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Transmission X-ray Inspection (2D X-ray)
2D X-ray inspection enables imaging the exterior and interior features of complex parts, assemblies, and devices. It is widely used for quality control on both blank and populated printed circuit boards (PCBs).
- Well known technique
- Provides images of sample interior
- Contrast issues if sample is a mix of heavy and light elements
- Image sees everything in the path (no depth discrimination)
X-ray radiograph of a wire bonded component still in the package. Lead frame, bond wires, and die all clearly visible.
X-ray radiograph of an unbonded BGA board (left) and angled view of a wire bonded device and BGA soldered on opposite sides of a PCB (right). Cu traces, vias, solder balls, and solder voids clearly visible.
X-ray inspection systems are projection microscopes that use x-rays as opposed to visible light.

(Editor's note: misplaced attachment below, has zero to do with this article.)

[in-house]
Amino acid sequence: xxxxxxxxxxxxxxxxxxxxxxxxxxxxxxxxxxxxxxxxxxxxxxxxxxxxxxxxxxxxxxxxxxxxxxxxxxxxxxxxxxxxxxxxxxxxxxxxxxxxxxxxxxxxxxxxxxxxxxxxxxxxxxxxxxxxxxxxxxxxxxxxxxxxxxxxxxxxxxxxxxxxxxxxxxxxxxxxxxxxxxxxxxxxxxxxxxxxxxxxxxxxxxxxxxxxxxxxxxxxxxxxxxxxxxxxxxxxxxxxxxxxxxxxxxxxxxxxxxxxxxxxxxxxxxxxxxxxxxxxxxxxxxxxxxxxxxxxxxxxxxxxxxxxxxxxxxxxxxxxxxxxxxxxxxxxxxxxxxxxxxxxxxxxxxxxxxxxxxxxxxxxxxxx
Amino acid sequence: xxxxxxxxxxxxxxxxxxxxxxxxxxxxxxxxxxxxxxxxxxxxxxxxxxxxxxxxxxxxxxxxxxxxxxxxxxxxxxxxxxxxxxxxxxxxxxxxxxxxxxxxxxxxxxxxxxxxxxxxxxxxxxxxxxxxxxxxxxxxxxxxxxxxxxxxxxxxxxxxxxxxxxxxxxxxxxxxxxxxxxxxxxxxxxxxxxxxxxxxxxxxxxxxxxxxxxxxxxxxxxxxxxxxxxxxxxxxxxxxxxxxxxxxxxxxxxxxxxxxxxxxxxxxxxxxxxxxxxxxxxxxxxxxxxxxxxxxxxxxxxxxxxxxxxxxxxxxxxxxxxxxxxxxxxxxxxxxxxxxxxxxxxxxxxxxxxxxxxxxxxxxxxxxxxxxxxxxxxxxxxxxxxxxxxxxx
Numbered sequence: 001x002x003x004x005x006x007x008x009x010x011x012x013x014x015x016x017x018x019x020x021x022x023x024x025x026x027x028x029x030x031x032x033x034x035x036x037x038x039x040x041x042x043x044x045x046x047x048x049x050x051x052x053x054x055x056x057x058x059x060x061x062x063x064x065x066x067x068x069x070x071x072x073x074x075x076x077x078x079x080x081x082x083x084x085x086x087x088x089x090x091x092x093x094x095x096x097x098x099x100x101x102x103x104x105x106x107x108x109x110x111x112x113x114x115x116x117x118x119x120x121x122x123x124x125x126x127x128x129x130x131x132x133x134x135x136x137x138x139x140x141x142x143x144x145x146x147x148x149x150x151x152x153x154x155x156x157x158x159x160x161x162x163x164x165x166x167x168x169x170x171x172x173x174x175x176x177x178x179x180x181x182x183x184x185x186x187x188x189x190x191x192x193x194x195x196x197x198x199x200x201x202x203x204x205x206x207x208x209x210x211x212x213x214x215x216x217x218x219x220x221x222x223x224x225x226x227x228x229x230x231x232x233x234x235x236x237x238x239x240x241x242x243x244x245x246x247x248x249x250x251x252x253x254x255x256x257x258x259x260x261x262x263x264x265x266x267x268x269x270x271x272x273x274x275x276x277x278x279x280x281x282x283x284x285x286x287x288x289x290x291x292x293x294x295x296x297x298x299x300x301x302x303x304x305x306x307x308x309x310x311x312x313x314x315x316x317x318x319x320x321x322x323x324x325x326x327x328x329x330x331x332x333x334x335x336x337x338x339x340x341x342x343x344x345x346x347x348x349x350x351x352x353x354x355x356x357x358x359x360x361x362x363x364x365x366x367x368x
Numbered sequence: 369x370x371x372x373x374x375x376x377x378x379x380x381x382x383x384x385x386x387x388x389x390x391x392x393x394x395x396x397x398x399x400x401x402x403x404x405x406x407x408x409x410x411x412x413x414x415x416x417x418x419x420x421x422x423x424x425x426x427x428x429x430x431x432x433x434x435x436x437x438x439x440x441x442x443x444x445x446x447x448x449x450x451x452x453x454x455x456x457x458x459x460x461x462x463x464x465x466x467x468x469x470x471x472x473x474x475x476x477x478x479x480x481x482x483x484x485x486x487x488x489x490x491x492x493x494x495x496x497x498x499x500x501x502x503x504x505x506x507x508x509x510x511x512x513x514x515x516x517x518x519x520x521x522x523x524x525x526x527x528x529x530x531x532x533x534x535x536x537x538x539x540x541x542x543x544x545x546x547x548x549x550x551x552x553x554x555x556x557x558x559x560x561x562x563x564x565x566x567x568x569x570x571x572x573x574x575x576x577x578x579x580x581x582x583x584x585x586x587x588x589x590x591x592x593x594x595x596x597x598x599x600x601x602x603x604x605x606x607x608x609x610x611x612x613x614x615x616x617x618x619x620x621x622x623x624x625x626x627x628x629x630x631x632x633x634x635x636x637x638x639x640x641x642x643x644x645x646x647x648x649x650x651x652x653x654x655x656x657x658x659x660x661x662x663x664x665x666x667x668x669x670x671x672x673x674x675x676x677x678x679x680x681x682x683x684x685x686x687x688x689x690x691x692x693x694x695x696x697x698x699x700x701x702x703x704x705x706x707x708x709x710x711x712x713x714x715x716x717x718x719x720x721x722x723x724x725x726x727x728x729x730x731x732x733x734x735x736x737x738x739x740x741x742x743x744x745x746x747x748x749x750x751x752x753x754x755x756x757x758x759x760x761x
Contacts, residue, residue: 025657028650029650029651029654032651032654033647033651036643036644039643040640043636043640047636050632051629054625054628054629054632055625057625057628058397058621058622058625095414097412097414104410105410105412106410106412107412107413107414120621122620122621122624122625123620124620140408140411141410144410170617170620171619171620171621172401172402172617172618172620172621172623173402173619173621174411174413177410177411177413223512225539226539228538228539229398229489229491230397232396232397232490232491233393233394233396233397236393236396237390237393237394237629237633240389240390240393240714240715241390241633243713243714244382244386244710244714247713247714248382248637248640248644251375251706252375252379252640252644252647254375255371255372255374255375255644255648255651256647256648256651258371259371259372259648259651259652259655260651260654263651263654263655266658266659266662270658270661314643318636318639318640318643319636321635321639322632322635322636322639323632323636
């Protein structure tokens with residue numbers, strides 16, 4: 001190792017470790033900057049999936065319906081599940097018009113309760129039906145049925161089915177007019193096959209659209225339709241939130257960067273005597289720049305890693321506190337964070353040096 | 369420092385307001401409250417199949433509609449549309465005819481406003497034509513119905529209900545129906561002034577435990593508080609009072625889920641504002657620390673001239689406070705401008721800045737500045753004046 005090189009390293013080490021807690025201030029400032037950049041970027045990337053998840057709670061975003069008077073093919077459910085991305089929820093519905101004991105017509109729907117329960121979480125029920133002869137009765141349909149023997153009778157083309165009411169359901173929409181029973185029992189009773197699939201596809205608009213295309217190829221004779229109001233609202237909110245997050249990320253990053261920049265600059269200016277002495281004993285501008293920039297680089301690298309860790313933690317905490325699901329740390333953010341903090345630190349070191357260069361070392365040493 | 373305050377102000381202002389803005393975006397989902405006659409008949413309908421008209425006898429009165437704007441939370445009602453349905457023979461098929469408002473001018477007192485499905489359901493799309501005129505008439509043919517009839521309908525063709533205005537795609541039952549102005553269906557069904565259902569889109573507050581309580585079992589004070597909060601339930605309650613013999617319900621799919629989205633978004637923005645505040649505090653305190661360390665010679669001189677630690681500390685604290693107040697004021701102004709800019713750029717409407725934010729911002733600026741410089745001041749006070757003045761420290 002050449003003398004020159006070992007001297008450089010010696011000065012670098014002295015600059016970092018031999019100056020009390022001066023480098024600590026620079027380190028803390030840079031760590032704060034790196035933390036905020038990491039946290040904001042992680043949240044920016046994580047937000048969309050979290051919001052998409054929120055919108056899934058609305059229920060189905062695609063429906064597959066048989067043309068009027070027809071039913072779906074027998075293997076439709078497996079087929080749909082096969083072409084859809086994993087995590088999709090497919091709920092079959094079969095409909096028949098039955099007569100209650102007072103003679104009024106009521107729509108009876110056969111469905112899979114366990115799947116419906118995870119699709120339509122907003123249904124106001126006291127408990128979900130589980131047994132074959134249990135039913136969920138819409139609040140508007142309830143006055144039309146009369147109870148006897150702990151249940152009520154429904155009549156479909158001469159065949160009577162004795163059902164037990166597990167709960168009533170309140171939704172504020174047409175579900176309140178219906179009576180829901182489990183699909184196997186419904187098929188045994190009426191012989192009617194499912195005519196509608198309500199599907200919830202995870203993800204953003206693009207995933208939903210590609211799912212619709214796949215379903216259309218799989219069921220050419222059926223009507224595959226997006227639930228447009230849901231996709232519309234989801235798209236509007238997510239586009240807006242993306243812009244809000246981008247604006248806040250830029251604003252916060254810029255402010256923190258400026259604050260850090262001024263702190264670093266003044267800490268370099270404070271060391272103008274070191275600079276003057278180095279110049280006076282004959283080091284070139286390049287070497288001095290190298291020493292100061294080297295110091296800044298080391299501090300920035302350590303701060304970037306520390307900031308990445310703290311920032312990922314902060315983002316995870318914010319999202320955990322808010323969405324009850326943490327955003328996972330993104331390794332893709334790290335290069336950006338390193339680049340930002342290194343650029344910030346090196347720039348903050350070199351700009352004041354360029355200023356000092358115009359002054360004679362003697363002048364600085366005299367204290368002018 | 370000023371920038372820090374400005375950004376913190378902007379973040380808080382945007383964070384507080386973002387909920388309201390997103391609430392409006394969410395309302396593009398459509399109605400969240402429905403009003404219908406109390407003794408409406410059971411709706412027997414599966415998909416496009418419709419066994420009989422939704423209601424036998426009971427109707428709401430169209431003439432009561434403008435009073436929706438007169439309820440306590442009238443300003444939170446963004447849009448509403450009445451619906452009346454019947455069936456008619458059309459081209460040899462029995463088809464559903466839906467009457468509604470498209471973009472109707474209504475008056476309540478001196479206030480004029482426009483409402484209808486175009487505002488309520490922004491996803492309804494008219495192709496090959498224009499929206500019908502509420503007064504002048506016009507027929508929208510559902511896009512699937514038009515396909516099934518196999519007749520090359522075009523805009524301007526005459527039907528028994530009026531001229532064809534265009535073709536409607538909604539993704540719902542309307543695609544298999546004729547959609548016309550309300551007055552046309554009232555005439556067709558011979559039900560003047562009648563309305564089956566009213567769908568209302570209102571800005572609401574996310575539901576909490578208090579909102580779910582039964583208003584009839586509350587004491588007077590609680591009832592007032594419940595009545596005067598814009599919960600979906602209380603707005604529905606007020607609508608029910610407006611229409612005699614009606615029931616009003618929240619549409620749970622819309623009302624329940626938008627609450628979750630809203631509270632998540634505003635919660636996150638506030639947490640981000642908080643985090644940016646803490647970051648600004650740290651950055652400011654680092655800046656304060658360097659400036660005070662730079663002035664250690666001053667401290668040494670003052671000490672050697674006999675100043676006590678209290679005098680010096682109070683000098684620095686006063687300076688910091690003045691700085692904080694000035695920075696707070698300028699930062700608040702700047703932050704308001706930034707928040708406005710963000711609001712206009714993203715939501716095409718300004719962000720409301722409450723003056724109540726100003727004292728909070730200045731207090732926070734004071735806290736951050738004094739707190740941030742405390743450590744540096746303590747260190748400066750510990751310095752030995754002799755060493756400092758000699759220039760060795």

Typically, a monochromatic x-ray tube is used to generate high energy x-rays which have the ability to transmit through most materials. Heavier and thicker materials will have lower x-ray transmission and therefore will appear as darker regions in the final x-ray projection. Modern x-ray tools use large array multi-pixel detectors to generate these images in real time.
Imaging the top component, pcb and bottom components is a well-known way to look for problems in component placement, solder joints and trace alignment. The same technology can be used to image the interior of parts for checking everything from porosity to interior critical dimensions.
The use of digital detectors and sophisticated analysis software has significantly enhanced the useability of modern x-ray imaging systems.
X-ray computed tomography (often referred to as Micro-CT due to its spatial resolution) is a non-contact, nondestructive 2D...